Anti-Inflammatory Diet Doctors Can Recommend to their Patients

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The holidays are done and we must now face real life. The first order of business is to check whether we overindulged on our diet of lechon, chicharon, sweets, and other dishes that trigger inflammation, which can lead to allergies, arthritis, asthma, gout, heart disease and other illnesses.


Getting back on track and start eating healthy again is not the easiest thing to do. Regular exercise, clean living and a healthy balanced diet are the staple best practices. You can start by sharing these top anti-inflammatory diet food to help your patients make better dietary choices.


Fruits and vegetables are first on every list with recommended servings ranging from 5 to 9 every day.


Food high in antioxidants are known for their anti-inflammatory effects. These include avocados, sweet potatoes, broccoli, dark green leafy vegetables (spinach, kale), beans, whole grains (brown rice and oats) and dark chocolate (at least 70% cocoa content).


Another category of anti-inflammatory food are those containing omega-3 fatty acids, such as oily fish (salmon, sardines, mackerel), walnuts, and food fortified with omega 3 such as eggs and milk.[3] Fatty fish intake is suggested at least twice a week.


Certain herbs and spices are also known for their anti-inflammatory benefits like ginger, turmeric and garlic. Curcumin in turmeric is the substance that can cure inflammation. Garlic, on the other hand, has properties that stop the production of inflammatory substances in the body.


The anti-inflammatory food pyramid created by Dr. Andrew Weil presents the dietary choices in another manner, with those foods most helpful to fight inflammation occupying the base. Vegetables and fruits share the honor at the base of the 12-level pyramid.


In the next level are whole and cracked grains, pasta and beans and legumes. On level 10 are healthy fats like extra virgin olive oil, nuts and avocado. Fish and shellfish are on level 9, while whole-soy foods like soymilk and tofu are on level 8. Cooked Asian mushrooms like shiitake and oyster mushrooms are on level 7 and these are recommended for consumption in unlimited amounts.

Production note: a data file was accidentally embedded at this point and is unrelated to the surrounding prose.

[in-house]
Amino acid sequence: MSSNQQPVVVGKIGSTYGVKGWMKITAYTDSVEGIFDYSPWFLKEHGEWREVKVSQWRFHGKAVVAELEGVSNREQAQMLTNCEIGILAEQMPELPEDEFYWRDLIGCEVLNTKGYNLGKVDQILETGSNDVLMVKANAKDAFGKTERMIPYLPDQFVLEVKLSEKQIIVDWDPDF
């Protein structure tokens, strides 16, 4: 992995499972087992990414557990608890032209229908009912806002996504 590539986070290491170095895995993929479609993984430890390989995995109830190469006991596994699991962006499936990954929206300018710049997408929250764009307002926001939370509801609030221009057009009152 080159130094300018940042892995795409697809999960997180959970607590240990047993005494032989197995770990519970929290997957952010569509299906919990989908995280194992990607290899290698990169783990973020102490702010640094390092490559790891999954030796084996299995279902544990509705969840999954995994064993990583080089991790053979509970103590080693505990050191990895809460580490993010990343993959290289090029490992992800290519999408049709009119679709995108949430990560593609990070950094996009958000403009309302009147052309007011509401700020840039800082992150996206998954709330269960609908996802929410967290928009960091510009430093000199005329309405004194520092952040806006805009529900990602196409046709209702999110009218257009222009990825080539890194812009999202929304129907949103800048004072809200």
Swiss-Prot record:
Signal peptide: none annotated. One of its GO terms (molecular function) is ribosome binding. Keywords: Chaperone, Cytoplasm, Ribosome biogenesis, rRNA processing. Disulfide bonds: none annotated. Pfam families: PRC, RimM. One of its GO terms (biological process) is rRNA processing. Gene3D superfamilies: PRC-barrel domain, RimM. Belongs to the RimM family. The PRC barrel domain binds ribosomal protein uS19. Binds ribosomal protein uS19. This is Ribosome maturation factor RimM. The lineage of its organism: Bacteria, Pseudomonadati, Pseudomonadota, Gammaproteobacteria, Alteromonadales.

In lesser amounts going up the pyramid are protein-rich food such as dairy, enriched eggs, lean meats (level 6), healthy herbs and spices on level 5, white, oolong and green tea on level 4. Supplements that contain key antioxidants (vitamin C, vitamin E, mixed carotenoids and selenium), red wine and healthy sweets like fruit sorbet and plain dark chocolate round up the pyramid.


The diet foods that help contain or prevent inflammation are wide-ranging, although they may not be as popular as the known “holiday” or “celebration” foods. But new ways of cooking and serving healthy foods have made these more palatable and appealing, paving the way for better choices to keep the inflammation away.

 

[1] Wong, C. [2018, December]. The Anti-Inflammatory Diet. Retrieved from https://www.verywellhealth.com/anti-inflammatory-diet-88752

[2] Wong, C. [2018, December]. The Anti-Inflammatory Diet. Retrieved from https://www.verywellhealth.com/anti-inflammatory-diet-88752

[3] Wong, C. [2018, December]. The Anti-Inflammatory Diet. Retrieved from https://www.verywellhealth.com/anti-inflammatory-diet-88752

[4] WebMD. [n.d.]. Anti-Inflammatory Diet: Road to Good Health? Retrieved from https://www.webmd.com/diet/ant...

[5] WebMD. [n.d.]. Anti-Inflammatory Diet: Road to Good Health? Retrieved from https://www.webmd.com/diet/ant...

[6] Weil, A. [n.d.]. Dr. Weil’s Anti-Inflammatory Food Pyramid. Retrieved from https://www.drweil.com/diet-nutrition/anti-inflammatory-diet-pyramid/dr-weils-anti-inflammatory-food-pyramid/